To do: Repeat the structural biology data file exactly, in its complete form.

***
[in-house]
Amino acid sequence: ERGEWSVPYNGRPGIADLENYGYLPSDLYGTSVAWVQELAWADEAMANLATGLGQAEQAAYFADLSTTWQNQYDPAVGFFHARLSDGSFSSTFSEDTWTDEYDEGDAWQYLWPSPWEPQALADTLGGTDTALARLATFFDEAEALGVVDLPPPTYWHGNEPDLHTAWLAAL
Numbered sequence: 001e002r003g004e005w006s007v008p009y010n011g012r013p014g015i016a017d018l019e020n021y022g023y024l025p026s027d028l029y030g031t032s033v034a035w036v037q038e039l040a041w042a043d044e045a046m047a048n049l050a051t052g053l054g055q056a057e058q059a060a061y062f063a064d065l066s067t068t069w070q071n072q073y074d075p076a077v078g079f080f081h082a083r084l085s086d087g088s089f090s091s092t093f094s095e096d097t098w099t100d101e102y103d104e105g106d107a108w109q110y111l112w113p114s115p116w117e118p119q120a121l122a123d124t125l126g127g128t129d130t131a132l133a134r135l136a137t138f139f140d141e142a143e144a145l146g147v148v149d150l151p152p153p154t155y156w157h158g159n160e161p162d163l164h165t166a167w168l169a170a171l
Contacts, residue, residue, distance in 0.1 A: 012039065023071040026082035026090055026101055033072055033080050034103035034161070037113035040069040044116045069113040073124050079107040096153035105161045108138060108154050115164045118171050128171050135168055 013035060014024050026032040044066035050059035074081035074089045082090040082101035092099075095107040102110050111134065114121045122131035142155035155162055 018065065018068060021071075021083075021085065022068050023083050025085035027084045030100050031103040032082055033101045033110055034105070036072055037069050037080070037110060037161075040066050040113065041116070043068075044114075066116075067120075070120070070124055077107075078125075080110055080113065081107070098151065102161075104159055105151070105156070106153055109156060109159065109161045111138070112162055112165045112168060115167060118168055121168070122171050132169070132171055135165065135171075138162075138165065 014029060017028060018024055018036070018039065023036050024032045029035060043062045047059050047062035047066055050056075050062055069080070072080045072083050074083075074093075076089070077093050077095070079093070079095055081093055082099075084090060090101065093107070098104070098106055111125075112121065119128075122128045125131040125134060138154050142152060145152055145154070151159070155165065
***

[in-house]
Amino acid sequence: ERGEWSVPYNGRPGIADLENYGYLPSDLYGTSVAWVQELAWADEAMANLATGLGQAEQAAYFADLSTTWQNQYDPAVGFFHARLSDGSFSSTFSEDTWTDEYDEGDAWQYLWPSPWEPQALADTLGGTDTALARLATFFDEAEALGVVDLPPPTYWHGNEPDLHTAWLAAL
Numbered sequence: 001e002r003g004e005w006s007v008p009y010n011g012r013p014g015i016a017d018l019e020n021y022g023y024l025p026s027d028l029y030g031t032s033v034a035w036v037q038e039l040a041w042a043d044e045a046m047a048n049l050a051t052g053l054g055q056a057e058q059a060a061y062f063a064d065l066s067t068t069w070q071n072q073y074d075p076a077v078g079f080f081h082a083r084l085s086d087g088s089f090s091s092t093f094s095e096d097t098w099t100d101e102y103d104e105g106d107a108w109q110y111l112w113p114s115p116w117e118p119q120a121l122a123d124t125l126g127g128t129d130t131a132l133a134r135l136a137t138f139f140d141e142a143e144a145l146g147v148v149d150l151p152p153p154t155y156w157h158g159n160e161p162d163l164h165t166a167w168l169a170a171l
Contacts, residue, residue, distance in 0.1 A: 012039065023071040026082035026090055026101055033072055033080050034103035034161070037113035040069040044116045069113040073124050079107040096153035105161045108138060108154050115164045118171050128171050135168055 013035060014024050026032040044066035050059035074081035074089045082090040082101035092099075095107040102110050111134065114121045122131035142155035155162055 018065065018068060021071075021083075021085065022068050023083050025085035027084045030100050031103040032082055033101045033110055034105070036072055037069050037080070037110060037161075040066050040113065041116070043068075044114075066116075067120075070120070070124055077107075078125075080110055080113065081107070098151065102161075104159055105151070105156070106153055109156060109159065109161045111138070112162055112165045112168060115167060118168055121168070122171050132169070132171055135165065135171075138162075138165065 014029060017028060018024055018036070018039065023036050024032045029035060043062045047059050047062035047066055050056075050062055069080070072080045072083050074083075074093075076089070077093050077095070079093070079095055081093055082099075084090060090101065093107070098104070098106055111125075112121065119128075122128045125131040125134060138154050142152060145152055145154070151159070155165065